Retractable pens typically have a rather noisy mechanism. Some users periodically start pressing the pen button frequently (while they're talking on the phone or while they're waiting for some result on their computer - in other words when they are holding the pen but not writing for whatever reason) and this can be rather annoying to the people nearby. They are not doing it for any purpose - it's just a repeated motion being done with the pen.

I've heard claims that some pens are "virtually silent" but I've never seen such myself and I'd take any such claim very suspiciously - "virtually" can mean virtually any level of noise.

Assuming making a retractable pen noiseless is impossible and assuming we need the pen to be retractable (because that's convenient - you cannot lose a cap) how can the pen design be enhanced to discourage users from mechanically clicking it for no reason?

  • 12
    Just wondering wouldn't a screw un-screw mechanism make the pen retractable and virtually silent?
    – Okavango
    Commented Feb 16, 2015 at 14:05
  • 30
    Removing the clicking noise would reduce the therapeutic effect of clicking the pen repeatedly though wouldn't it?
    – JMK
    Commented Feb 16, 2015 at 14:37
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    Make the clicker pointy so it hurts when it's pressed. Not sure how many pens you'd sell though..
    – SBoss
    Commented Feb 16, 2015 at 15:00
  • 46
    stop people clicking their pens and they just start tapping them on the desk Commented Feb 16, 2015 at 15:19
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    Just in case this ever gets implemented and spread widely I ordered 5000 pens with a nice audible click for backup.
    – PlasmaHH
    Commented Feb 16, 2015 at 16:05

7 Answers 7


I think the first thing to do is to break down your premise that they are doing it "for no reason."

You are correct that clicking the pen does not engage the pen in its role as a writing implement. But if so many people are doing it (this writer included) it must serve some purpose to them.

The Wikipedia article you link to includes a list of causes of what it describes as "habitual pen-clicking" (sic), ranging from boredom and idle thinking to harassement to autistic self-stimulation.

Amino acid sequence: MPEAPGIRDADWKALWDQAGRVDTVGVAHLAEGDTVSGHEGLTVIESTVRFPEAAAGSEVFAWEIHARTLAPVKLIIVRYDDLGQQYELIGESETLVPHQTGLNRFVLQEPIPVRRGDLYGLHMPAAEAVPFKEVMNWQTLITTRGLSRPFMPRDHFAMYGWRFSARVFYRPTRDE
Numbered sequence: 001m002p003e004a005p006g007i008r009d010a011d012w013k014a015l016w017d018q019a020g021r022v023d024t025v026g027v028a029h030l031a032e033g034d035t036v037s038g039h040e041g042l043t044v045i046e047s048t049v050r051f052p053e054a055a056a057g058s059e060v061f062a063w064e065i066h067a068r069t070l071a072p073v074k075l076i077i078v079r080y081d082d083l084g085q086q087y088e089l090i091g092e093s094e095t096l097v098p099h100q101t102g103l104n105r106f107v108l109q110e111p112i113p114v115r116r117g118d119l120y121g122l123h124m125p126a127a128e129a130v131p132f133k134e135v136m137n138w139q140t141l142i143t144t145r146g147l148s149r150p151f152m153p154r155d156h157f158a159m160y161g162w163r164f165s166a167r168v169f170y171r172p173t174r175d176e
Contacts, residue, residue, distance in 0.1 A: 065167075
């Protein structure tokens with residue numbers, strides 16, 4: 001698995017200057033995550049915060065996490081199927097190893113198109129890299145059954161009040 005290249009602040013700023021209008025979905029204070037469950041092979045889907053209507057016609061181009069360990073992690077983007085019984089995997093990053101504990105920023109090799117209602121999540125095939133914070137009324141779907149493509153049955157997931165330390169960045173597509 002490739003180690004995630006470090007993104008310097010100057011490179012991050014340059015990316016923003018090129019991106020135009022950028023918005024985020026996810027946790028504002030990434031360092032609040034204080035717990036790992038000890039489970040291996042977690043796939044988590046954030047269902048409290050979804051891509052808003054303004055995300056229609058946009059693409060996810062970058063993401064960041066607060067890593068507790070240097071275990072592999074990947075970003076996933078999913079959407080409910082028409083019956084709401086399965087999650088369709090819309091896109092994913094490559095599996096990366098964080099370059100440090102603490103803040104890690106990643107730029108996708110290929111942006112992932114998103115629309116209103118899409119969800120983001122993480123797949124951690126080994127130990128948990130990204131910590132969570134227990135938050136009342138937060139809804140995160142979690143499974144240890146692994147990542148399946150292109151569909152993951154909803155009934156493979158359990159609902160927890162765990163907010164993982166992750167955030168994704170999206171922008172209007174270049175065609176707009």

Looking at these causes, I would suggest that the two best strategies to avoid pen clicking is: 1) remove the feedback from the clicking mechanism, and 2) where possible provide a more tempting (but less annoying feature).

  1. The clicking sound, while the most annoying part for other parties, is only part of the feedback mechanism when retracting your pen. There's the sensation of pushing in the button, and a small physical kick that is felt in the pen button and throughout the pen when the retracting spring is called into action. I'm not an engineer, but supposing you couldn't suppress the sound I would focus on somehow suppressing the sensations.

This, however, comes at a cost. The feedback also serves a benign purpose of telling the user his action has taken hold without actually looking at the pen to see if the ball point is in or out.

  1. To enable a user to displace his need for fidgeting, you could offer a silent little mechanism. Imagine, for instance, a ring around the top of the pen (just below the "clicker") that you can slide around silently without any other repercussion.

Anecdotally, I know myself to be a "fidgeter" someone who plays with his hands while working or listening. When I married I purposely got a textured ring so that it could be something for me to displace my energy and fidget with.

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    yup, the OP is trying to solve the wrong problem
    – JamesRyan
    Commented Feb 16, 2015 at 14:20
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    If you succeed it will be a great invention - and an invention I'll never use. I simply pick pens that I like to hold, write AND fiddle with :) Commented Feb 16, 2015 at 14:39